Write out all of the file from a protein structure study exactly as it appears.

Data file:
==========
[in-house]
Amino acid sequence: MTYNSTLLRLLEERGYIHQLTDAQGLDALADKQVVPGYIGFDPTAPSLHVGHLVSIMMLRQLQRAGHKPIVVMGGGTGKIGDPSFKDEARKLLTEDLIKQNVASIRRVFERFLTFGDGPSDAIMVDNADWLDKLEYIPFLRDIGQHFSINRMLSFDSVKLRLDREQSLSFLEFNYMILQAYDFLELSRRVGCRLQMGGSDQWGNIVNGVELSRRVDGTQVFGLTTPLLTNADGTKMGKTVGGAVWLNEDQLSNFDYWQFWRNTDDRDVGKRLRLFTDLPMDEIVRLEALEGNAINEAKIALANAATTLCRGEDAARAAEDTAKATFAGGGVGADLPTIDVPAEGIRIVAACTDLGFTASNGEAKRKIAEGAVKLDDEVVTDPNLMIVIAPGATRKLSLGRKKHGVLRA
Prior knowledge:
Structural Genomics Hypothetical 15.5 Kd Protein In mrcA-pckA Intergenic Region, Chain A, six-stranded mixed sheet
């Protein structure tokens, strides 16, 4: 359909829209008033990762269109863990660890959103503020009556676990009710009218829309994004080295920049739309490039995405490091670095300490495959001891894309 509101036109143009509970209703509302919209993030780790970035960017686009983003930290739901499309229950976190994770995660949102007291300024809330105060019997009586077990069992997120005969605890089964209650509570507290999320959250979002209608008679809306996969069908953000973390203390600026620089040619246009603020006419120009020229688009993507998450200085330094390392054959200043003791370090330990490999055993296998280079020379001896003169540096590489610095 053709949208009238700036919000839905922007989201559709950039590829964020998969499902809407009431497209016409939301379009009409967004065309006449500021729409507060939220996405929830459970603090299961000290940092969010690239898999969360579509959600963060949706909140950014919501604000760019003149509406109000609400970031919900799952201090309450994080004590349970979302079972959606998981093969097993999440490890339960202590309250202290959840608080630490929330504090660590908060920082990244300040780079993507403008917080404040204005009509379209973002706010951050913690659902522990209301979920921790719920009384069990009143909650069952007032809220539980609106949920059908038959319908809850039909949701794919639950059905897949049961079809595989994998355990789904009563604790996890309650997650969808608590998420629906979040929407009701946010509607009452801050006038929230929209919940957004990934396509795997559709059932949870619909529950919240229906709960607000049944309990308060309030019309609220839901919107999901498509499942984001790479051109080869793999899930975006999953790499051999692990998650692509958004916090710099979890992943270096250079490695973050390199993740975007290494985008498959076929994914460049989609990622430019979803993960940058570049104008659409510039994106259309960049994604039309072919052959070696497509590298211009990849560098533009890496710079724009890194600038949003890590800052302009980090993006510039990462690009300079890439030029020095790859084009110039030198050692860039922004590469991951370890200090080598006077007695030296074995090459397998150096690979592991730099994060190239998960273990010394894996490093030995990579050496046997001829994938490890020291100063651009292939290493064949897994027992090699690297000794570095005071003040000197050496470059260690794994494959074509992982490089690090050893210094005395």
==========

[in-house]
Amino acid sequence: MTYNSTLLRLLEERGYIHQLTDAQGLDALADKQVVPGYIGFDPTAPSLHVGHLVSIMMLRQLQRAGHKPIVVMGGGTGKIGDPSFKDEARKLLTEDLIKQNVASIRRVFERFLTFGDGPSDAIMVDNADWLDKLEYIPFLRDIGQHFSINRMLSFDSVKLRLDREQSLSFLEFNYMILQAYDFLELSRRVGCRLQMGGSDQWGNIVNGVELSRRVDGTQVFGLTTPLLTNADGTKMGKTVGGAVWLNEDQLSNFDYWQFWRNTDDRDVGKRLRLFTDLPMDEIVRLEALEGNAINEAKIALANAATTLCRGEDAARAAEDTAKATFAGGGVGADLPTIDVPAEGIRIVAACTDLGFTASNGEAKRKIAEGAVKLDDEVVTDPNLMIVIAPGATRKLSLGRKKHGVLRA
Prior knowledge:
Structural Genomics Hypothetical 15.5 Kd Protein In mrcA-pckA Intergenic Region, Chain A, six-stranded mixed sheet
């Protein structure tokens, strides 16, 4: 359909829209008033990762269109863990660890959103503020009556676990009710009218829309994004080295920049739309490039995405490091670095300490495959001891894309 509101036109143009509970209703509302919209993030780790970035960017686009983003930290739901499309229950976190994770995660949102007291300024809330105060019997009586077990069992997120005969605890089964209650509570507290999320959250979002209608008679809306996969069908953000973390203390600026620089040619246009603020006419120009020229688009993507998450200085330094390392054959200043003791370090330990490999055993296998280079020379001896003169540096590489610095 053709949208009238700036919000839905922007989201559709950039590829964020998969499902809407009431497209016409939301379009009409967004065309006449500021729409507060939220996405929830459970603090299961000290940092969010690239898999969360579509959600963060949706909140950014919501604000760019003149509406109000609400970031919900799952201090309450994080004590349970979302079972959606998981093969097993999440490890339960202590309250202290959840608080630490929330504090660590908060920082990244300040780079993507403008917080404040204005009509379209973002706010951050913690659902522990209301979920921790719920009384069990009143909650069952007032809220539980609106949920059908038959319908809850039909949701794919639950059905897949049961079809595989994998355990789904009563604790996890309650997650969808608590998420629906979040929407009701946010509607009452801050006038929230929209919940957004990934396509795997559709059932949870619909529950919240229906709960607000049944309990308060309030019309609220839901919107999901498509499942984001790479051109080869793999899930975006999953790499051999692990998650692509958004916090710099979890992943270096250079490695973050390199993740975007290494985008498959076929994914460049989609990622430019979803993960940058570049104008659409510039994106259309960049994604039309072919052959070696497509590298211009990849560098533009890496710079724009890194600038949003890590800052302009980090993006510039990462690009300079890439030029020095790859084009110039030198050692860039922004590469991951370890200090080598006077007695030296074995090459397998150096690979592991730099994060190239998960273990010394894996490093030995990579050496046997001829994938490890020291100063651009292939290493064949897994027992090699690297000794570095005071003040000197050496470059260690794994494959074509992982490089690090050893210094005395």